After watching Nicole Holofcener's 1996 film "Walking and Talking", I found myself impressed with the writer/director's first major feature. The director cut out anything unnecessary, offering a thoughtful and enjoyable story, while managing to craft well-developed characters, all in a mere 86 minutes. "Lovely and Amazing" is an even more satisfying effort from the writer/director, who once again gets terrific performances from her actresses and, this time, manages to mix in some heartfelt drama with the kind of sharp comedy that filled "Walking and Talking".
"Lovely and Amazing" is the story of Jane (Brenda Blethyn) and her three rather dysfunctional daughters, including Michelle (Catherine Keener), Elizabeth (Emily Mortimer), and Annie (Raven Goodwin). Michelle is an aspiring artist who seeks a job that can allow her to be creative and still earn enough money to pay the bills. Elizabeth is an aspiring actress who can't put together the kind of career she dreams of, while Annie is Jane's adopted daughter who is struggling with entering into her teen years. While some may label the subject matter as a "chick flick" or "Lifetime fare", I think that there are issues here that everyone can appreciate.
Although "Lovely and Amazing" will probably be considered a chick flick, Holofcener has written some good characters for the male actors in the film. Jake Gyllenhaal works far better here as the romantic interest of Keener's character than he did with Jennifer Aniston in "The Good Girl". Dermot Mulroney and Mortimer are also quite nice together. The female actors are terrific throughout, especially Keener and Blethyn, although Emily Mortimer also shines in several scenes.
This isn't a terribly complex or unusual story, but the kind of character development it boasts is an enjoyable change from the usual fare out today. Also, the story does manage to blend a relationship drama with some comedy and exploration of the characters overcoming their insecurities. It's been nearly six years since Holofcener's "Walking and Talking". "Lovely and Amazing" shows a lot of improvement and hopefully, it won't be another six years before the writer/director offer another fine comedy/drama.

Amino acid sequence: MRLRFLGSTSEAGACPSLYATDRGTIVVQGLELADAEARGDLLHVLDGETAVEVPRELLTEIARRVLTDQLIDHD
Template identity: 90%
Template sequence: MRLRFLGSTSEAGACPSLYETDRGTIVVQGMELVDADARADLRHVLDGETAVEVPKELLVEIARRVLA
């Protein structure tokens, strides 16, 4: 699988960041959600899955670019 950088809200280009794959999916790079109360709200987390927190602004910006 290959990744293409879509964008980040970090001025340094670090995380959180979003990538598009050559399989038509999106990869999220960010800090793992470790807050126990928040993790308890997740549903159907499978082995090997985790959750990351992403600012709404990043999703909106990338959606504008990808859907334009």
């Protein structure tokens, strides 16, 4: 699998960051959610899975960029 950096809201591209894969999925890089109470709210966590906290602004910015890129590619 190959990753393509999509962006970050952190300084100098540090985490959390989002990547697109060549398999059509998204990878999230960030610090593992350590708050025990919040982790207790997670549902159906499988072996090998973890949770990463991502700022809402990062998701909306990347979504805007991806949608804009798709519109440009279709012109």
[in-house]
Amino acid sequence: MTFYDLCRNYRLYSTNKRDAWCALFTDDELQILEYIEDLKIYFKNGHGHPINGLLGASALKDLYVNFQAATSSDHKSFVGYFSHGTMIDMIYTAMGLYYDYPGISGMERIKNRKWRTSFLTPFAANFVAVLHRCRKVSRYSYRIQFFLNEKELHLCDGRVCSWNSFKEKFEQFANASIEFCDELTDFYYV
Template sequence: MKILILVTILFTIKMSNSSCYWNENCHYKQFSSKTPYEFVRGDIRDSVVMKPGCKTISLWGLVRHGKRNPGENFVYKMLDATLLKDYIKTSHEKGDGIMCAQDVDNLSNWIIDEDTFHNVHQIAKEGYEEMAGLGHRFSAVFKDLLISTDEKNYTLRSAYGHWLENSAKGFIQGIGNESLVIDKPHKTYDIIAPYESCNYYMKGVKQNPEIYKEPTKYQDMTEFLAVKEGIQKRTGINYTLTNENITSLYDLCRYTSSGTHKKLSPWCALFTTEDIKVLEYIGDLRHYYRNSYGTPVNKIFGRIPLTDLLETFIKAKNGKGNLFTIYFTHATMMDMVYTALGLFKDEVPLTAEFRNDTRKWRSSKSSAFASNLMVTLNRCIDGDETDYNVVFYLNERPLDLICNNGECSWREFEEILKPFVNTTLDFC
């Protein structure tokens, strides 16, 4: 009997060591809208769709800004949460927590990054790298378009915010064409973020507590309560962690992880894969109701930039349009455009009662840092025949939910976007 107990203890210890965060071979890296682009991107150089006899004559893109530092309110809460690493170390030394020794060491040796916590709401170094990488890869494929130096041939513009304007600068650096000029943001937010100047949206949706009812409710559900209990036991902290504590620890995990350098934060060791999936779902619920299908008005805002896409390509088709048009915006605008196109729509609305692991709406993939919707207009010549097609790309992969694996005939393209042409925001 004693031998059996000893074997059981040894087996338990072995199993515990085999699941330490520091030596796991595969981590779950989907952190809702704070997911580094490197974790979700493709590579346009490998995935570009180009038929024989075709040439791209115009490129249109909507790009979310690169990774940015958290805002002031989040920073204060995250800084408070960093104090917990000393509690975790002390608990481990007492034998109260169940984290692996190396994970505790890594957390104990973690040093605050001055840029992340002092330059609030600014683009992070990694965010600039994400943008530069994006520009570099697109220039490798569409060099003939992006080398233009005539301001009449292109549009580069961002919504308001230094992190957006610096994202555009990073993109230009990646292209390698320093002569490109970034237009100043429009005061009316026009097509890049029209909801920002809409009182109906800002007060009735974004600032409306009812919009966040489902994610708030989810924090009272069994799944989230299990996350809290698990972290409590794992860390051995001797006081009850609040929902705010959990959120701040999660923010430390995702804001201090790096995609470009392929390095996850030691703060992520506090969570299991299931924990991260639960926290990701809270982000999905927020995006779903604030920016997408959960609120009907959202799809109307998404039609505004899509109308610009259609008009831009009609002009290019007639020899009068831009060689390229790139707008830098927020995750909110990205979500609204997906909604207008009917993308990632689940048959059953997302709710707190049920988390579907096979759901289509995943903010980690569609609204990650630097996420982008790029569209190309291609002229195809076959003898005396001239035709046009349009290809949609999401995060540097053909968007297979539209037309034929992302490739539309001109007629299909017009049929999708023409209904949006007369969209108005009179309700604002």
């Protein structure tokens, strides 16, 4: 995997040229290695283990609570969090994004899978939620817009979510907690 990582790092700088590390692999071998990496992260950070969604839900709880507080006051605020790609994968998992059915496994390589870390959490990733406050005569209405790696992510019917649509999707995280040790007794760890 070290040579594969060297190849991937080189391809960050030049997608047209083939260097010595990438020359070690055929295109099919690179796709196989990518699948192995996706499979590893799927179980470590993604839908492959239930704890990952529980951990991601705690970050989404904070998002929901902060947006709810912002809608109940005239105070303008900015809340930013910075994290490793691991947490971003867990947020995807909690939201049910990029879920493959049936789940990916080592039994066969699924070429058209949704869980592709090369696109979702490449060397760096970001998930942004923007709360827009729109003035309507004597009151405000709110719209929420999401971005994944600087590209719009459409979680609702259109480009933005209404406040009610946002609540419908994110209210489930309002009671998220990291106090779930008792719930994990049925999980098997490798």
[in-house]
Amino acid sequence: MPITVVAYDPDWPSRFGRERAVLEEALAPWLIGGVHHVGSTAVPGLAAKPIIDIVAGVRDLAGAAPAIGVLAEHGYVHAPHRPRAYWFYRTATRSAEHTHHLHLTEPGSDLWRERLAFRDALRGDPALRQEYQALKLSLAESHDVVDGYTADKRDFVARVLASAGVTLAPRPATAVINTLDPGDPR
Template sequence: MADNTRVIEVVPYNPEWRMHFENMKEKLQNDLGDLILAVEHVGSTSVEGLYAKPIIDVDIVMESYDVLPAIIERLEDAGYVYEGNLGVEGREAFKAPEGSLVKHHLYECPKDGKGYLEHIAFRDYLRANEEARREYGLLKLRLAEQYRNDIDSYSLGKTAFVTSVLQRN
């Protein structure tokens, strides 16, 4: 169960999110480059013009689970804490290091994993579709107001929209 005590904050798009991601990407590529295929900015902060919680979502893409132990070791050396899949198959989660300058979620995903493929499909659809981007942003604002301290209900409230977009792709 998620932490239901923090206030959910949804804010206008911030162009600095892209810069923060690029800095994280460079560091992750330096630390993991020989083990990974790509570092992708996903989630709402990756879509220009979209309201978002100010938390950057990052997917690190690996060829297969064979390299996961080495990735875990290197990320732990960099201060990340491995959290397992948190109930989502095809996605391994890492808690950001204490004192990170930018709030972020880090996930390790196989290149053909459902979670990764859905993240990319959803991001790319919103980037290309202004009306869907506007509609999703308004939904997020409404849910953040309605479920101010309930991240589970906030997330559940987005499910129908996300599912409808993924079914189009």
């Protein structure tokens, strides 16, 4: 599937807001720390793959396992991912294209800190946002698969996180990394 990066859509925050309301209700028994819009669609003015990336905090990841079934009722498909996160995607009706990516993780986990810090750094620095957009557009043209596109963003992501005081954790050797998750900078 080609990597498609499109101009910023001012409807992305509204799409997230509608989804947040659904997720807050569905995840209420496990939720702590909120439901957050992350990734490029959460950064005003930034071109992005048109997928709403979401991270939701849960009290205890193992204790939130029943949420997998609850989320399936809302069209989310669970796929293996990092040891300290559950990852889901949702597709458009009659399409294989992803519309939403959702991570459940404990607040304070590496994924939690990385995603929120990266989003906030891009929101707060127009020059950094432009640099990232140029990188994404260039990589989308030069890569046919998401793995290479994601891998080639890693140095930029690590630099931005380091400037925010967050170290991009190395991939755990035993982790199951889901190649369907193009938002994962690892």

VIDEO: "Lovely and Amazing" is presented by Lion's Gate Home Video in 1.85:1 anamorphic widescreen. The picture quality is similar to most of the studio's releases, appearing nice, but rather inconsistent. Sharpness and detail are usually pretty solid, although there are scenes throughout the movie - mostly some dimly-lit moments - that appear a bit softer by comparison.
Some noticable flaws occasionally turn up. Somewhat noticable artifacts are infrequently visible, especially in a couple of darker scenes. Minor edge enhancement is also present during a few scenes. On a positive note, the print used looked crisp and clean, with only a couple of minor specks.
The film's somewhat subdued color palette looked fairly well-rendered, aside from a few minor instances where it appeared slightly soft. Overall, a nice transfer, but some issues are present here and there.
SOUND: The Dolby Digital 5.1 soundtrack is completely dialogue-driven, with no noticable surround use. The occasional score sounded crisp and detailed, while dialogue sounded clear.
EXTRAS: A few interviews with cast/crew and a trailer for the film.
Final Thoughts: "Lovely and Amazing" offers terrific, flawed and realistic characters that I was happy to follow through their ups and downs for 90 minutes. Fans of the actresses will certainly want to check this film out. Lion's Gate's DVD offers a rather disapointing supplemental section, but satisfactory audio/video. Definitely a recommended rental.